On Feb. 23, 2016, an Indian woman, within hours of giving birth by C-section, got raped in hospital near New Delhi. Some in India took consolation in the fact that at least she was not, like Nirbhaya the 23 year old female physiotherapy intern—beaten up after being raped.
A few days later, on March 8, 2016, on Women’s Day, a 15-year-old girl was raped and set on fire.
For those who don’t remember, in December 2012 was beaten with iron rods, gang-raped, and tortured in a private bus while she was travelling with her boyfriend. As a result of an international outrage over her assault and subsequent death, new laws and new fast-track courts were promised. More women are now willing to report rape cases. But even two years after Nirbhaya, her father claims that the promises of reform were unmet, and that justice in India has failed his daughter and women like her.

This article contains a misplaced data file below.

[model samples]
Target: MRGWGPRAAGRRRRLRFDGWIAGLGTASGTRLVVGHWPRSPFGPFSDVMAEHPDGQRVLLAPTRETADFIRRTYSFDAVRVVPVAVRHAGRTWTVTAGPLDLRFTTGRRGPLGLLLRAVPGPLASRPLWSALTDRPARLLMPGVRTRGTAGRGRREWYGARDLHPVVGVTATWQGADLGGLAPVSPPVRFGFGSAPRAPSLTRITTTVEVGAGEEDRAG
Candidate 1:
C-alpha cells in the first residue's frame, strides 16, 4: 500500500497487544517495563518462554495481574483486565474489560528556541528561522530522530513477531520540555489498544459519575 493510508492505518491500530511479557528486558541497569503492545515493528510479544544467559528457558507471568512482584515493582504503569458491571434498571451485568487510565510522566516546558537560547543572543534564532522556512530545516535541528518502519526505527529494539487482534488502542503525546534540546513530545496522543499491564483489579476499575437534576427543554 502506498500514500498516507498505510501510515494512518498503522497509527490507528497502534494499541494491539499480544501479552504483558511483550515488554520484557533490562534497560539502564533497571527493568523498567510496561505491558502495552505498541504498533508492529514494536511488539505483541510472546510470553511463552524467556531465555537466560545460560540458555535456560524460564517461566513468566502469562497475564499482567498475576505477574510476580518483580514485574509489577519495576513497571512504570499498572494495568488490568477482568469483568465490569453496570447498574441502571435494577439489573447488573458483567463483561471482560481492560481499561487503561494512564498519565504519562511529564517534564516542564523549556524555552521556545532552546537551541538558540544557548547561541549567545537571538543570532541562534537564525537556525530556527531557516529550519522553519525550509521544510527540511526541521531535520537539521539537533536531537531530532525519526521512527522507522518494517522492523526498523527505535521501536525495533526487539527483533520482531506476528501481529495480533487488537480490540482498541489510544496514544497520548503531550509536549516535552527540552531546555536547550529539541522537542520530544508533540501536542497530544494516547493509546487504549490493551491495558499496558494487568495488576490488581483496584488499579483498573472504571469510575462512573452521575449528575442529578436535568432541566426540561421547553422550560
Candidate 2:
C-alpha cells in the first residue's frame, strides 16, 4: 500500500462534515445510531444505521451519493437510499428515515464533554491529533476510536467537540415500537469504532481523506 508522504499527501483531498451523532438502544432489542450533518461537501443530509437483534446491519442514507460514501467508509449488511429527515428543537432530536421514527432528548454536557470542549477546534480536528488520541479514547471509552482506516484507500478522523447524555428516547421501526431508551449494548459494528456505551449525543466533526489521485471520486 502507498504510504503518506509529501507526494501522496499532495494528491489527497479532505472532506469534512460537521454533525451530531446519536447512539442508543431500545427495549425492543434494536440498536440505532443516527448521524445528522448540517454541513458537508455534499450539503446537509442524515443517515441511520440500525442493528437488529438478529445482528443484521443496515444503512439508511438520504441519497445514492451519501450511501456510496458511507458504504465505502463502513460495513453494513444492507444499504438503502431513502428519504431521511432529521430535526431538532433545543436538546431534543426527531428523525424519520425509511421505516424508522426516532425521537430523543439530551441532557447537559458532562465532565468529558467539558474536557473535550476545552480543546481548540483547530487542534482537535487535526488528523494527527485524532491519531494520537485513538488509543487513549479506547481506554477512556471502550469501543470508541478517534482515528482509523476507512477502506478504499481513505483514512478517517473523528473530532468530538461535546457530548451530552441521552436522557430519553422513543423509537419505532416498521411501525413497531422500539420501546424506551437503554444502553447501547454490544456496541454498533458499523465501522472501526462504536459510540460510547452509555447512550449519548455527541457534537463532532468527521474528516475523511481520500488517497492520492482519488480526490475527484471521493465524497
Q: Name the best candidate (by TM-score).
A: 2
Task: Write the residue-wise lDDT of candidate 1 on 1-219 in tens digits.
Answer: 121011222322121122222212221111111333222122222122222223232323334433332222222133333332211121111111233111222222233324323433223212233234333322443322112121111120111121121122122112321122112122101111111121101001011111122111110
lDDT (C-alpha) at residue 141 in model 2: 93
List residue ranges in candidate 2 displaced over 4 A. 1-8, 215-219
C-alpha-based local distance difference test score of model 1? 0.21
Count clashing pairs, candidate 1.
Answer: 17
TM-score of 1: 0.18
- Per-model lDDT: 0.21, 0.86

Indeed, Amnesty International reports that authorities have not effectively implemented new laws on crimes against women. The majority of rape cases still go unreported. In Prime Minister Narendra Modi’s India, the problem, instead of abating, has become worse:
2011 24,206 (reported rapes per year in India)
In India a women is reportedly raped every 15 minutes. Multiply that by 24×7, 365 days a year. And keep in mind the majority of rape cases still go unreported. The statistics on crime against women is even worse: Every 2 minutes, a women in India is a victim of a crime. This ongoing issue with violence against women raises the real and serious question of whether India is truly ready for a seat on the global table.
One explanation for the ongoing rape problem is the skewed sex ratio. Like China, India has a massive imbalance in its sex ratio. According to the Indian census, the sex ratio in the 6 and below age group has risen from 102.4 males per 100 females in 1961 (the Liberal Nehru days) to 108.9 in 2011 (the Fiery Hindutva Ideology days).